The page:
CRPD - 10 Facts Canadians Should Know


  1. In 2010, Canada renewed its commitment to people with disabilities, about 14.3% of the Canadian population, by ratifying the UN Convention on the Rights of Persons with Disabilities (CRPD), a human rights treaty, ratified by 126 countries.

  2. CRPD, which includes civil, cultural, economic, political and social rights, explains human rights in the context of disability, clarifying how to protect and promote the human rights of persons with disabilities.  Example: If people with disabilities are to enjoy fully the right to work, there need to be laws prohibiting discrimination in the workplace and requiring employers to provide barrier free workplaces (i.e. worksites that follow the principles of universal design and use accessible information and communication technology).

  3. From 2002 to 2006 Canadians with disabilities and their organizations participated in the CRPD’s development.

  4. The CRPD enshrines the human rights and social models of disability, displacing the medical and charity approaches.  The CRPD focuses on removing barriers that prevent participation by people with disabilities.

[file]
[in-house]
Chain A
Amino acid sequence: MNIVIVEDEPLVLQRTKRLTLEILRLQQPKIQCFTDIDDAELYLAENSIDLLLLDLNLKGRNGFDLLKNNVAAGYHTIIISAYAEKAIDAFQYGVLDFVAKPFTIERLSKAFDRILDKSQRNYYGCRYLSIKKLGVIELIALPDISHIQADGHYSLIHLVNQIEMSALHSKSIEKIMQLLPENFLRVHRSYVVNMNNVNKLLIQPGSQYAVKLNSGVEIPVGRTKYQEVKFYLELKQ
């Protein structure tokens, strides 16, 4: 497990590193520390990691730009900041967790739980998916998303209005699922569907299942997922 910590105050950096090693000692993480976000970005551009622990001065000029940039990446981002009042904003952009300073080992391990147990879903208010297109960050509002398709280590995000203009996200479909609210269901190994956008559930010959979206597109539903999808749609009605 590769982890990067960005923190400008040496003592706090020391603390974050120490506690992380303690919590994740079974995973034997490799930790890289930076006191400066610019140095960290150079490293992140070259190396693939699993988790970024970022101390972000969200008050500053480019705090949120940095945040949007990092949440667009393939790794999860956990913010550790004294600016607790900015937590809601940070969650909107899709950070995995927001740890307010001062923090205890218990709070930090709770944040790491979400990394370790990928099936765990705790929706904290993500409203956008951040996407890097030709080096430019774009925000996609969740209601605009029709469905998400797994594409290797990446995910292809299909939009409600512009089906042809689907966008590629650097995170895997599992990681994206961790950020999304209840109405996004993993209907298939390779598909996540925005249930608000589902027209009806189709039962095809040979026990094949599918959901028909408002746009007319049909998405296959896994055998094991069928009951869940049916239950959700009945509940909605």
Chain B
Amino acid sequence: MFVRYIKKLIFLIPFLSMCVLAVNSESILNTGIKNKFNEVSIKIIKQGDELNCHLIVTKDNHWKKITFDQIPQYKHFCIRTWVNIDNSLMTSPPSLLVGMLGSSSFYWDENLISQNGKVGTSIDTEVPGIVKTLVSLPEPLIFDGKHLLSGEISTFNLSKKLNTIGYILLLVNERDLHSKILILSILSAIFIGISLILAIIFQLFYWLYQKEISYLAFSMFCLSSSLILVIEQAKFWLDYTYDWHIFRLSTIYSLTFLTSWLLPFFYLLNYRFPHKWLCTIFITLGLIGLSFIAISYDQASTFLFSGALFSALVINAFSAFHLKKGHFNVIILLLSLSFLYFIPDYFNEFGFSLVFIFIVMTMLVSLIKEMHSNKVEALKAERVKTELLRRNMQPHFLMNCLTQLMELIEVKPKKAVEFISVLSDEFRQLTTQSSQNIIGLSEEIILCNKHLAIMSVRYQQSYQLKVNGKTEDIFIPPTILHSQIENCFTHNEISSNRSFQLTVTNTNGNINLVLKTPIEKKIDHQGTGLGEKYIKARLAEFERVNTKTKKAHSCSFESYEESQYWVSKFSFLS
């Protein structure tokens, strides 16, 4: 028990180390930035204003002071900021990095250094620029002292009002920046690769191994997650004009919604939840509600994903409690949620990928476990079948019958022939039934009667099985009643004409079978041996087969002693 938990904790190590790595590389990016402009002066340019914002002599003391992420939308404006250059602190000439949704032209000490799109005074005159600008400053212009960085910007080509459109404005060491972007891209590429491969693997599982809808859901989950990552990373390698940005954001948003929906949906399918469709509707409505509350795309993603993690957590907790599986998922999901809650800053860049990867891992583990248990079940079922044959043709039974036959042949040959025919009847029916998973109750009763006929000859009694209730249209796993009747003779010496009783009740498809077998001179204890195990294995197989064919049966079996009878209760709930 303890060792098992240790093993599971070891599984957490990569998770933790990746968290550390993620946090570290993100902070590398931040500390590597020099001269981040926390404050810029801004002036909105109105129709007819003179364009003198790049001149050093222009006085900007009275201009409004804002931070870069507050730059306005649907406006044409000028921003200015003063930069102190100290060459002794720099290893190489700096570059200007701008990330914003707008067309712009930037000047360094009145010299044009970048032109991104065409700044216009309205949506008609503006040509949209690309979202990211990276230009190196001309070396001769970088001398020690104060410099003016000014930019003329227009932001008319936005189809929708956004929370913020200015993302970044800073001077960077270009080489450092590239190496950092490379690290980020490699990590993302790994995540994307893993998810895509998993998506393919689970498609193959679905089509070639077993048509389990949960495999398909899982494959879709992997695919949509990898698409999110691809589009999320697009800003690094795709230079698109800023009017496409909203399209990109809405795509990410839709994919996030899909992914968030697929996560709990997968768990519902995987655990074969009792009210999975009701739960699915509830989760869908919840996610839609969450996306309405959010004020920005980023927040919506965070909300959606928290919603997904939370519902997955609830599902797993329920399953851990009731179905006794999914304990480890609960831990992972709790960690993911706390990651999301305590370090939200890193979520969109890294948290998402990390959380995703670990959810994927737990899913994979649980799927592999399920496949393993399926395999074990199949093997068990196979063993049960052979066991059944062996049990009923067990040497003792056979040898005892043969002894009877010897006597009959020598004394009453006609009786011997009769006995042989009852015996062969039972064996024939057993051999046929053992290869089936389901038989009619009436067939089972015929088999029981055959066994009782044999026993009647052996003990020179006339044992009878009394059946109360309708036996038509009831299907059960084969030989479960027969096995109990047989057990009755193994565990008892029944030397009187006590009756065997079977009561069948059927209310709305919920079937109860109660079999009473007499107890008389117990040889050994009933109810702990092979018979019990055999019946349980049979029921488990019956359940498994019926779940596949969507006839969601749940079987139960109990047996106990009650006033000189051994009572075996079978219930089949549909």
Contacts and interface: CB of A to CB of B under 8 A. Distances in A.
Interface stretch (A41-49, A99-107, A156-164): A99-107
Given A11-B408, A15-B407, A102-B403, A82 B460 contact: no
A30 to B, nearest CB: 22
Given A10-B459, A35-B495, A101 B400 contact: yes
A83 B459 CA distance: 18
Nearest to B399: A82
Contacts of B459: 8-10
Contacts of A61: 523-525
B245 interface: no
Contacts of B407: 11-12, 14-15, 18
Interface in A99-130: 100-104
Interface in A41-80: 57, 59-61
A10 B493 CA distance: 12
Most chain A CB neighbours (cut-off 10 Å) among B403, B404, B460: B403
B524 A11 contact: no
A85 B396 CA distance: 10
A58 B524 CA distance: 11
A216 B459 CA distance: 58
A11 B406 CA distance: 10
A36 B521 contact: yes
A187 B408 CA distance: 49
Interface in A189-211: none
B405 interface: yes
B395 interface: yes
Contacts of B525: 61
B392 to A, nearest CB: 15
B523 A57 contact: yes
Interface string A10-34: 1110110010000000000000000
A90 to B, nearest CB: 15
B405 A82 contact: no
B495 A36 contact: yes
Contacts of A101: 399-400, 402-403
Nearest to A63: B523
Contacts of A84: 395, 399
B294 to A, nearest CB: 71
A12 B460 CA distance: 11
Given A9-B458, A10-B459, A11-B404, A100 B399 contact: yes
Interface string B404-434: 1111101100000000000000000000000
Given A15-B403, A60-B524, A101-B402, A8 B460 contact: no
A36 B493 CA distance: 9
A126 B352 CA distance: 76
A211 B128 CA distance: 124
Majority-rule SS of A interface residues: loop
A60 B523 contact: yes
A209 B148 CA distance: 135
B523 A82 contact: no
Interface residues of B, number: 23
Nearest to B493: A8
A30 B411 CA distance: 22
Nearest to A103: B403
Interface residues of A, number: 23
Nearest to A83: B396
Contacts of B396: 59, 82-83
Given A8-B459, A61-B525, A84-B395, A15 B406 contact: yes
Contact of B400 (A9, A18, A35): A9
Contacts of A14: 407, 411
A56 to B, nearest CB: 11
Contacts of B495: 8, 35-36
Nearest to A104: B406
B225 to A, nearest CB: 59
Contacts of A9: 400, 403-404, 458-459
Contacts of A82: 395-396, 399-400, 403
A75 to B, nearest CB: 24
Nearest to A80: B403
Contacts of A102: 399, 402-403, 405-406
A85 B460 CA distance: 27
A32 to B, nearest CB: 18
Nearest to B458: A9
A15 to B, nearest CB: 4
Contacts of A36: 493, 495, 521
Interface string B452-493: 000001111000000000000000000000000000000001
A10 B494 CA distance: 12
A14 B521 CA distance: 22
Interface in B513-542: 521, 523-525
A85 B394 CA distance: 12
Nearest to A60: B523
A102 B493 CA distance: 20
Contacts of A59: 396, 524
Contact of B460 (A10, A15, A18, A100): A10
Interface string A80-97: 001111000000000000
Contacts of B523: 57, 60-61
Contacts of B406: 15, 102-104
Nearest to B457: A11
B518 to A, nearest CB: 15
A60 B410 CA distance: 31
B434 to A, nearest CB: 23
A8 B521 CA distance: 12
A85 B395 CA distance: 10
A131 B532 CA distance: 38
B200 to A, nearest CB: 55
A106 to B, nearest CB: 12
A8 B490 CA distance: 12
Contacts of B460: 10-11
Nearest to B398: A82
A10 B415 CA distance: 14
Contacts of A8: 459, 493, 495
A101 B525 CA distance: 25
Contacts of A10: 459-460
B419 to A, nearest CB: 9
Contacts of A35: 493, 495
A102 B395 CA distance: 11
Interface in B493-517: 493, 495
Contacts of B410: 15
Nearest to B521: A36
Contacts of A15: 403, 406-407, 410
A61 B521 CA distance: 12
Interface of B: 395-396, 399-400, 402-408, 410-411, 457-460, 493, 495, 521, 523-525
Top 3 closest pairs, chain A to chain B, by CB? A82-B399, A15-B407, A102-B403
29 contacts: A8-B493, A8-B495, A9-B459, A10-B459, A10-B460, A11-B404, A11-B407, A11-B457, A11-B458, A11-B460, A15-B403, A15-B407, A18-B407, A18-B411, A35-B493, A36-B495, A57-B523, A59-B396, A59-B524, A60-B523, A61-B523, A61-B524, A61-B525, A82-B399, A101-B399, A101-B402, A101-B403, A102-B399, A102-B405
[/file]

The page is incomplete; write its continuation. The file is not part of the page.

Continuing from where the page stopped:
5. The CRPD has 8 guiding principles: Respect for dignity and individual autonomy; Non-discrimination; Full and effective participation and inclusion; Respect for difference and acceptance of persons with disabilities as part of human diversity; Equality of opportunity; Accessibility; Gender equality; Respect for the evolving capacities of children with disabilities.

  6. The CRPD promotes a twin-track approach to disability issues, combining mainstreaming disability in all society’s initiatives with disability-specific measures to ensure equality for persons with disabilities.

  7. When it ratified the CRPD, Canada made a commitment to the progressive realization of economic, social and cultural rights.

  8. The CRPD includes national and international monitoring mechanisms.  As the CRPD acknowledges the role of civil society in monitoring, all Canadians can be important partners in Canadian monitoring.

  9. Two years after ratification, states must report to the UN Committee on the Rights of Persons with Disabilities, an independent expert panel, which monitors CRPD implementation. Canada is due to submit its first report, which will provide an important baseline against which to measure future progress on disability issues.

  10. Disability organizations are monitoring how Canada is meeting CRPD’s standards.  Canadians can contribute to building an inclusive and accessible Canada by demanding a robust CRPD implementation plan by all Canadian jurisdictions.